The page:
Take the 2-minute tour ×
User Experience Stack Exchange is a question and answer site for user experience researchers and experts. It's 100% free, no registration required.

This question already has an answer here:

The web development office I work for is working on a fixed-width web site. On one page, we have a table inside of the fixed 960px space available. So far, this table has worked out great for us, but the data we're using actually includes so many other fields that we could display about three times the columns we have room for. The limited space is keeping us from displaying all of the data we could give our users.

One idea that we have discussed would be to make the entire website full width and use CSS3 media queries to show/hide table columns as more or less space is available. I'm less fond of this idea because I don't like changing the entire layout of a website to deal with a usability issue on one page. Another option people have been discussing is to put the table inside of a scrolling div so that all of the table columns can be available to all users. I feel like with all of the great jQuery plugins out there, there must be a better way to do this than these two options.

What is the best way to display more columns than you have room for in a table within a fixed-width layout?

share|improve this question

marked as duplicate by 3nafish, Matt Obee, rk., ChrisF, JohnGB May 17 '13 at 22:29

This question has been asked before and already has an answer. If those answers do not fully address your question, please ask a new question.

1  
All columns might not be necessary. Try to split the table into mutliple views or present the data differently. –  dnbrv Feb 7 '12 at 21:39
    
An option (one I don't especially like) is what The Dragonvale Wiki has done, which gives you a "pop out" option for the table. –  Ben Brocka Feb 8 '12 at 14:19
    
@Ben Brocka - I'm not seeing what you described as pop out options. Can you tell me where they are? I'm facing the same issue and need to figure out a solution. I'm currently using an accordion that shows the main info for each row and then each row in the accordion showing only the relevant columns. However, we are needing to allow filtering and sorting on this data, too. –  MB34 Oct 9 '12 at 15:12
    
Hm, they've edited the tables to get rid of them (an improvement, it's a last-resort situation) I'll keep an eye out and see if I can find another example –  Ben Brocka Oct 9 '12 at 15:15
add comment

3 Answers

The responsive idea sounds good until you consider what you're going to show to which people. Responsive design is about showing the right information to the right device, not abusing CSS media queries because you've run out of space. Instead, take a step back and look at the real problem: you just don't have enough space.

Some options come to mind:

  • Just change the layout of that one page. Why change the whole website for one page? Just change that page. There's no universal law of web design that states that all pages must look the same at all times. A good rule of thumb here is context over consistency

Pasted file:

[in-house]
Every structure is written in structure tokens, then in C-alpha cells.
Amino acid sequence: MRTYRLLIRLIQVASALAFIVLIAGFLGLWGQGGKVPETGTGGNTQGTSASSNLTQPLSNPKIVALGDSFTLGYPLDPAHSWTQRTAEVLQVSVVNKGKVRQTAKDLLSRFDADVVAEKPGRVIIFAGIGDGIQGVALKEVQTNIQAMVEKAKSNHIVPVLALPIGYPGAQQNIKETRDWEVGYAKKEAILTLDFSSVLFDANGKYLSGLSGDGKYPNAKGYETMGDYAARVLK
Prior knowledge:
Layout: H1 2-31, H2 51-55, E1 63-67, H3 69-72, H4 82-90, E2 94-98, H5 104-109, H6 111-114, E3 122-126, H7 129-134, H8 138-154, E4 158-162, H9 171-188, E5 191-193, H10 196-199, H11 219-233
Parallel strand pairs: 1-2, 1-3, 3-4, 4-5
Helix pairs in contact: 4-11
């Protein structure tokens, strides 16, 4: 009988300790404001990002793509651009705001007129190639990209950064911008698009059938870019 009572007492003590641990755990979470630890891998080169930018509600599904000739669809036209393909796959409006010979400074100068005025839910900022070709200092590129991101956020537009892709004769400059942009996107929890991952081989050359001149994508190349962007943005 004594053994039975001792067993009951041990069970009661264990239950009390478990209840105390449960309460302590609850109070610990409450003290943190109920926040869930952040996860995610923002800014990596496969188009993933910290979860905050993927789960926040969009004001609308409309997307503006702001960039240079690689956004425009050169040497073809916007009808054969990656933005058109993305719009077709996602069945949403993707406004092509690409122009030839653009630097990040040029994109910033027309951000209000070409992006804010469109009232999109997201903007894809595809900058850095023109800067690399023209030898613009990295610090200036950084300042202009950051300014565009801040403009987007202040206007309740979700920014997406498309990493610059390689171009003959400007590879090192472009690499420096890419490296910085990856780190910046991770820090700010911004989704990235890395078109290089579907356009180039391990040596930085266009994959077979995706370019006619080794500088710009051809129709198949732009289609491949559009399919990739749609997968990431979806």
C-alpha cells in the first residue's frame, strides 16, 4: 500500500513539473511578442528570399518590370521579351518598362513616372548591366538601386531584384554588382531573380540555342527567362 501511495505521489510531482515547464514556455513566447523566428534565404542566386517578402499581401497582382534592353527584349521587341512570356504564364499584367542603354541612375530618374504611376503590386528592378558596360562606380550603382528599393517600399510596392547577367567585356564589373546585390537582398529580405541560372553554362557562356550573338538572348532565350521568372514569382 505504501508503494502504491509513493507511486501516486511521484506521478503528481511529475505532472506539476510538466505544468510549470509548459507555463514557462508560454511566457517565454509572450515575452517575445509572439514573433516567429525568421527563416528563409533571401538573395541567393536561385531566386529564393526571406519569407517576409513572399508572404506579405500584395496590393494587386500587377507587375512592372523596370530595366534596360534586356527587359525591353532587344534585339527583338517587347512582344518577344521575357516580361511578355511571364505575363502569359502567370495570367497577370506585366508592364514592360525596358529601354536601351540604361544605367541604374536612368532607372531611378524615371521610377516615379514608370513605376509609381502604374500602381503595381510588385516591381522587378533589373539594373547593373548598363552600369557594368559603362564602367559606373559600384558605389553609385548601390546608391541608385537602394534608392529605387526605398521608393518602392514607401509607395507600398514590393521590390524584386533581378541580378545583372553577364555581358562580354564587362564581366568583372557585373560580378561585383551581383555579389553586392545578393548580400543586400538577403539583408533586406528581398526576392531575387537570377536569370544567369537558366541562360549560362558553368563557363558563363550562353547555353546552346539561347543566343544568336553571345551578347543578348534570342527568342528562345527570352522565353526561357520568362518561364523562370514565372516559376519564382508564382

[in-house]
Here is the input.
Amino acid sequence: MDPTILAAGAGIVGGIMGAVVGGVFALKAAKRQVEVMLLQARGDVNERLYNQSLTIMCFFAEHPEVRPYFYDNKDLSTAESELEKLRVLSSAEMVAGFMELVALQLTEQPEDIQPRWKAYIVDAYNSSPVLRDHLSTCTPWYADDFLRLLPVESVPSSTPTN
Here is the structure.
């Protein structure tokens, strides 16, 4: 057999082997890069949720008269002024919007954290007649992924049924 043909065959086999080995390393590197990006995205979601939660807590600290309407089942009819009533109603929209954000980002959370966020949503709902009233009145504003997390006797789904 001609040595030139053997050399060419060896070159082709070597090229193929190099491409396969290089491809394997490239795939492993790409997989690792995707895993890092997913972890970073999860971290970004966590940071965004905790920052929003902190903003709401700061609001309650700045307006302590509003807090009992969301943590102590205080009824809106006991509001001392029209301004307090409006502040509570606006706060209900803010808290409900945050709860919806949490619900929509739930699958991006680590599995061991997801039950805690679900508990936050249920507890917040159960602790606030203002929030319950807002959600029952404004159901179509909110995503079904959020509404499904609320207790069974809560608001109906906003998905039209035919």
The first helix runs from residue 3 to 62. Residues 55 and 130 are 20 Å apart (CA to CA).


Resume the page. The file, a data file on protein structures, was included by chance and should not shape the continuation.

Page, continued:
• Rotate the table by 90 degrees. If you have too many columns but only a few rows, try redesigning the table to use your available vertical space rather than the horizontal space by turning rows into columns and columns into rows.

  • Add controls to show/hide columns. If the table allows user to compare data between columns, consider adding a show/hide control similar to Windows Explorer that allows users to determine which columns they want to look at. This could actually be an improvement over your current design if the current one is crowded and reducing the number of columns to only display relevant data helps the user.

  • Split up the table. Break down the information you're trying to display and ask yourself if you really need to cram it all into one table. Often, you don't, and there are different ways to display the information. See if you can group the data in a different way that could use multiple tables with fewer columns.

  • Use pop out rows to reveal extra data. Collapse the table down to the bare minimum rows a user needs to take action and offer controls that allow them to pop out more info per row. This can be useful if you need to compare data between rows but don't want to look at all rows in the table at once.

  • Combine columns where possible. Instead of putting data in its own column, see where you can merge columns to not only save space but place related data together to improve readability.

  • Rewrite the content of columns and use icons where possible. Shorten things down to abbreviations and replace wordy repetitive text with succinct icons that can be scanned more easily.

share|improve this answer
add comment

You could use multi-line layout for results like Outlook 2007 and 2010 do (referred to as "compact layout" in the settings).

The results would look more like a designed list than a table, but then I think that often that is a good thing.

share|improve this answer
add comment

CSS-Tricks have some great examples you can have a look at, it's mainly for solving responsive problems, but I think some of the examples and ideas will suit a fixed layout. Don't miss the roundup.

share|improve this answer
    
Can you summarise some of the advice rather than just providing a link? –  JonW Feb 8 '12 at 9:53
add comment

Not the answer you're looking for? Browse other questions tagged or ask your own question.